Science and Technology
Dr. Julie Christodoulou is director of the Naval
Materials Science and Technology Division in the Sea
Warfare and Weapons Department of the Office of
Naval Research (ONR).
“We don’t make widgets. We transfer technology to
the widget makers,” she said.
Christodoulou manages a portfolio of science and
technology programs trying to solve complex problems with naval applications. For example, she said the
Navy is interested in novel conformal heat exchangers,
because there’s no reason, other than manufacturing
limitations, to make them in rectangular blocks.
“AM opens a broader design space so we can make
better use of the space available to us. It might have
some benefits to us in very tight spaces that are
common in military systems. The design has to be
approached in a different way because we’re no longer
constrained by traditional manufacturing technologies
and processes. Understanding what we can control
and how we can control it is as important as simply
building it,” Christodoulou said.
ONR has also been working on very compact,
high-efficiency fuel cells for a number of applications.
“When you try to demonstrate a new system in a
laboratory environment you need to make your own
parts. For our fuel cell, the titanium bipolar plate has
a very complicated internal flow path, which was best
made by additive. The team made it in a couple of different variations and generations to find what worked
best and then demonstrated on the Ion Tiger small
long-endurance UAV [unmanned aerial vehicle], developed by the Naval Research Lab,” she said.
Additionally, Christodoulou said there is a great
deal involved in qualifying the materials, processes
and systems used in additive. And it’s important to
build confidence into the process, and make it more
predictable. That calls for real-time sensors and better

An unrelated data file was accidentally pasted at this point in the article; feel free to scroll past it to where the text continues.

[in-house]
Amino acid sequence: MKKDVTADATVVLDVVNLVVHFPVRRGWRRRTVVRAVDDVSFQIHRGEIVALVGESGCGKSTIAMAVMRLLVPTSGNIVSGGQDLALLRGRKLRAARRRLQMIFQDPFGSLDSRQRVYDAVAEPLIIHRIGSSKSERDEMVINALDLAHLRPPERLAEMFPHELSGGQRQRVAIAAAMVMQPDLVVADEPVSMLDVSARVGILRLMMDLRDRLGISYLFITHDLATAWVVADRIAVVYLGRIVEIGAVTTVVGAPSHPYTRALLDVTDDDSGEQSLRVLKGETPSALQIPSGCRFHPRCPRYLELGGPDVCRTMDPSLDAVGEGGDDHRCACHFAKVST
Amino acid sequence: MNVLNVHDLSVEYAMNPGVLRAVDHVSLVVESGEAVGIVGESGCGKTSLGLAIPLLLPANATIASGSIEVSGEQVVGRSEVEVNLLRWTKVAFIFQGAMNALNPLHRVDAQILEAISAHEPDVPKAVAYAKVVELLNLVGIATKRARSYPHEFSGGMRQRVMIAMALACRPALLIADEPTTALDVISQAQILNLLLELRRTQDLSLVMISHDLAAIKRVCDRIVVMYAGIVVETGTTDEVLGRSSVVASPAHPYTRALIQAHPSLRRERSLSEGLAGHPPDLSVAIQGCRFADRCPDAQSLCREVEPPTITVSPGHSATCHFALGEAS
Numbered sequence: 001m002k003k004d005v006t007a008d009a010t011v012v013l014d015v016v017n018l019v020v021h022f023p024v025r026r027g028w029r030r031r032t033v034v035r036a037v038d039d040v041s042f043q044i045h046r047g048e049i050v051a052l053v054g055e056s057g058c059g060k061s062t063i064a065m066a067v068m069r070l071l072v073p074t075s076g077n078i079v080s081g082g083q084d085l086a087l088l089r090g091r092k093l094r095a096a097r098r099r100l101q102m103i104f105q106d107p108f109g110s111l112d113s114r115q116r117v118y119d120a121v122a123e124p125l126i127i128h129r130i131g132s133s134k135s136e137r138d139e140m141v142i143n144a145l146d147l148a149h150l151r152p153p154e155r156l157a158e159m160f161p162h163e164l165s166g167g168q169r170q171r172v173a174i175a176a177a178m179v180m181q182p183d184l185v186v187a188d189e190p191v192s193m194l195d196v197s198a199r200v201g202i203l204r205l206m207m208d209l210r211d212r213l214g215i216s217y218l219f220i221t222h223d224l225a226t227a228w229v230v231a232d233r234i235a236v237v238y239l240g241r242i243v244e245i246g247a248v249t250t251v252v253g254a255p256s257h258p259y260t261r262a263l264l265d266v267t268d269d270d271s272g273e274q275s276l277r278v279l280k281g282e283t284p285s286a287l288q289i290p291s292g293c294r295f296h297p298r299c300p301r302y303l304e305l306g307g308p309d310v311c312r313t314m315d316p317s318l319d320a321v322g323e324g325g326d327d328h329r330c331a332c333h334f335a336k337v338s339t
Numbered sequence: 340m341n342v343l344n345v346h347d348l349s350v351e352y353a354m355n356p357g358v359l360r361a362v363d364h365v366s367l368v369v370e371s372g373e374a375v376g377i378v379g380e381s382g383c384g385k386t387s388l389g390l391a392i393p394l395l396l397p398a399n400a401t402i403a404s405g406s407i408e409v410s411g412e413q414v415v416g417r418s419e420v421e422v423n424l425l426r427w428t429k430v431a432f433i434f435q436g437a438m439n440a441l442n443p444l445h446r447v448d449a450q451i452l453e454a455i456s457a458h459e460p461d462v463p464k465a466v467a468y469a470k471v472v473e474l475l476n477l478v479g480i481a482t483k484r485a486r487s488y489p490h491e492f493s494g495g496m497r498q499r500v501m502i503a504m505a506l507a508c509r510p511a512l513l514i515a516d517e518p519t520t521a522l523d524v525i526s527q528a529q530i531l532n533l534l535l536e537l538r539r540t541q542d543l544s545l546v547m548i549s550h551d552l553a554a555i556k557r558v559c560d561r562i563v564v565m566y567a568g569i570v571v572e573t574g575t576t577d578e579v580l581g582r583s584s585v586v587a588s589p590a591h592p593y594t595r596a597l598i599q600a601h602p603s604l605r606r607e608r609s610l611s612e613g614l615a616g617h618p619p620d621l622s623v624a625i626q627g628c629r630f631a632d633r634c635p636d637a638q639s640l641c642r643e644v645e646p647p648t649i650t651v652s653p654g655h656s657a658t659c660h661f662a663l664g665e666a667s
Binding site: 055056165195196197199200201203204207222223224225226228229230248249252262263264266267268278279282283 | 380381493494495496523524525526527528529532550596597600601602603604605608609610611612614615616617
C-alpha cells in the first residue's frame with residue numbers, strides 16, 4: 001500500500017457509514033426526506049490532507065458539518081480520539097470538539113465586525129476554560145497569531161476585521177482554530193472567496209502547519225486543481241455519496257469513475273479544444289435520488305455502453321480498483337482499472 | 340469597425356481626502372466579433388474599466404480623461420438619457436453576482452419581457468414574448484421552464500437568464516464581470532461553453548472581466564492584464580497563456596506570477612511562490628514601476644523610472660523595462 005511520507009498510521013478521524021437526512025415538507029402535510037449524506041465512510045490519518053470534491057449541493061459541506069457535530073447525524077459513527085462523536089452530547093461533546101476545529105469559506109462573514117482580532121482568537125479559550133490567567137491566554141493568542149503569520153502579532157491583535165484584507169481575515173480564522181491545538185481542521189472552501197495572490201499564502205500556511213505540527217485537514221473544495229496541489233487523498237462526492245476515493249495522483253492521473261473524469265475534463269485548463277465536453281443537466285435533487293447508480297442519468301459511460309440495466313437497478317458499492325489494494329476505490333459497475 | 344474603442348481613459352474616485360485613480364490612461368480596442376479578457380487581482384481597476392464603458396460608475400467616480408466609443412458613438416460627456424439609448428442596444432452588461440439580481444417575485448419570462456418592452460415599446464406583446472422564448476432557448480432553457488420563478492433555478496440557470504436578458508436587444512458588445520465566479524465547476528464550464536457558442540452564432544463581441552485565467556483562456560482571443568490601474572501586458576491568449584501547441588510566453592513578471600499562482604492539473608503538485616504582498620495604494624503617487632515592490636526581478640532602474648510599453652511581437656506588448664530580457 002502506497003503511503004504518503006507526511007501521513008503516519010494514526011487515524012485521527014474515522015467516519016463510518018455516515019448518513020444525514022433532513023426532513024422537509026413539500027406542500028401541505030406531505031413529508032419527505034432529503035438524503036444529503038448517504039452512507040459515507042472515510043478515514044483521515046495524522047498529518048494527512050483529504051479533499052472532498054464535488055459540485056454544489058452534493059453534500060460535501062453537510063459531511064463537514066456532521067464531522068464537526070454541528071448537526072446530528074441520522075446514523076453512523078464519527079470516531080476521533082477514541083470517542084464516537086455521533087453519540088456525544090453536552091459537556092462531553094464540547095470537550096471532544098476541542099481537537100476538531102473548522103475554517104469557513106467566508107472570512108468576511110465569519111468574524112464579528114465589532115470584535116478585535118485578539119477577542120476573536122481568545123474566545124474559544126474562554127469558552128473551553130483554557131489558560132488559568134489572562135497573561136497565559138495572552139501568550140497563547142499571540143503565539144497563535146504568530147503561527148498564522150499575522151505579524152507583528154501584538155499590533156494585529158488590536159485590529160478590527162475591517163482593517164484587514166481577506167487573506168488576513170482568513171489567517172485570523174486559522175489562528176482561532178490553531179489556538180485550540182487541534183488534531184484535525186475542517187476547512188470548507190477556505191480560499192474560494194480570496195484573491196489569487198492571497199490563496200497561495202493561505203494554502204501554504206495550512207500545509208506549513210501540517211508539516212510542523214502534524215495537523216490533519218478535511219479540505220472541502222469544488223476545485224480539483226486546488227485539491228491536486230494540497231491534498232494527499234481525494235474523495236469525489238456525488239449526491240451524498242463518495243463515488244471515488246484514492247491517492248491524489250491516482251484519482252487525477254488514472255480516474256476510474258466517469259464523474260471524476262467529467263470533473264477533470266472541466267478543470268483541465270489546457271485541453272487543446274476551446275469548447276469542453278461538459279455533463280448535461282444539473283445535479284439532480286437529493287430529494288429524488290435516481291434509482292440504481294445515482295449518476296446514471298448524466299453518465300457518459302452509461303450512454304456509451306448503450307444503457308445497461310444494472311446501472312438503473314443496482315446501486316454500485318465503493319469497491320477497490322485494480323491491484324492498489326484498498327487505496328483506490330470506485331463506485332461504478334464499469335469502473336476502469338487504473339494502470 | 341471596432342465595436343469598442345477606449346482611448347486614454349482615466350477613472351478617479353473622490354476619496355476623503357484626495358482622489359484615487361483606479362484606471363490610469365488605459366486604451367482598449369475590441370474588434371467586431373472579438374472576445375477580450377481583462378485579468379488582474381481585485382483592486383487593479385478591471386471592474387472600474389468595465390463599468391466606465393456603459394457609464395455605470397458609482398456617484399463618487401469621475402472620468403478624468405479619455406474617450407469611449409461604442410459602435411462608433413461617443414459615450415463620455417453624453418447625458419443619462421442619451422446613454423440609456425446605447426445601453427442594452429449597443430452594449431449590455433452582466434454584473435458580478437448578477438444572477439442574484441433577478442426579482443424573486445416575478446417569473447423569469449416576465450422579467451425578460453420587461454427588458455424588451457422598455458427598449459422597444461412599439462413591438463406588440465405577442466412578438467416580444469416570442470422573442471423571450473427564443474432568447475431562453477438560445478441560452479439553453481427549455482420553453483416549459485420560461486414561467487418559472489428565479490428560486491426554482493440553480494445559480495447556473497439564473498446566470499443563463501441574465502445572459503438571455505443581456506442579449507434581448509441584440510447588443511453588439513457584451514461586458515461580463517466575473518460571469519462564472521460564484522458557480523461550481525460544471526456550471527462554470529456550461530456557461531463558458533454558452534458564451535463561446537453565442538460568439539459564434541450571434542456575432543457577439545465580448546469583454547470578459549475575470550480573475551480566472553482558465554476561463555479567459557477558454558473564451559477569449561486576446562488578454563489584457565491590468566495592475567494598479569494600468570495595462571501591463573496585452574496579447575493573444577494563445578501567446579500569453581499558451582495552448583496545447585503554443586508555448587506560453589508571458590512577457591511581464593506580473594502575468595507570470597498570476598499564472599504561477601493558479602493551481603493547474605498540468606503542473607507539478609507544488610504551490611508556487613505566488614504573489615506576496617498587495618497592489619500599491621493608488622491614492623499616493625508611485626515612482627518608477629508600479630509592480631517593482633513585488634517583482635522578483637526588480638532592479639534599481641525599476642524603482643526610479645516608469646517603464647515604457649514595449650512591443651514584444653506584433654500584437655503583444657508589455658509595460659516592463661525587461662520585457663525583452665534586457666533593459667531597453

predictive tools to ensure that during a build, the result
will have the desired properties, “so that we know
what it is we’re going to have at the end.”
According to Christodoulou, during each AM build
different alloy compositions, heated to different tem-
peratures over different amounts of time, and with
different cooling rates depending on the part dimen-
sions, alter the microstructure of the finished material.
“We are conducting research on the compositional
and process changes that can be made to the more
well-established alloys to deliver the microstructures
and properties we desire. It’s not going to be used for
everything,” she said. “In some cases, the only way to
produce something that can perform a function with
the correct form and fit, and do it elegantly, is with a
“It all comes down to the economics of the process
and the properties that are needed,” Christodoulou said.
“Sometimes the business case is very compelling.”
Not Just Science
“I have world-class experts in many fields, from
energetics, radar propagation or missile control, to
chemical and biological warfare defense, electronic
countermeasures and naval architecture,” said Rear
Adm. Tom Druggan, commander of the Naval Surface
Warfare Center in Washington (NSWC). “We have
experts working on AM at all of our centers.”
Druggan sees AM as a way to make special or oth-
erwise unobtainable parts for deployed or remote units.
“If I had a 3-D printer, and the right technical data
package that would allow me to manufacture it, I could
have that part on the ship in hours instead of days or
weeks. That’s operationally significant, and a huge
enabler,” he said.
Druggan said the Navy’s warfare centers are engaged
with developing standards and certifying parts.
“What happens if a 3-D-printed part is installed and
it fails and someone gets hurt, or pieces of equipment
go bad? What are the standards that are required? NSCW
Corona [Calif.] is looking at how we characterize the
requirements of the machine itself to make them eligible for Navy use. It won’t be tomorrow, but eventually
you’ll see this start to enter the fleet ships as an operational enabler,” Druggan said.
“It’s not just science,” he said. “It’s an emerging
engineering application that adds value to the Navy.” n
Flight deck gear created by additive manufacturing was on display
at the Next Generation Naval Logistics booth April 4 at the Navy
League’s Sea-Air-Space Exposition at National Harbor, Md.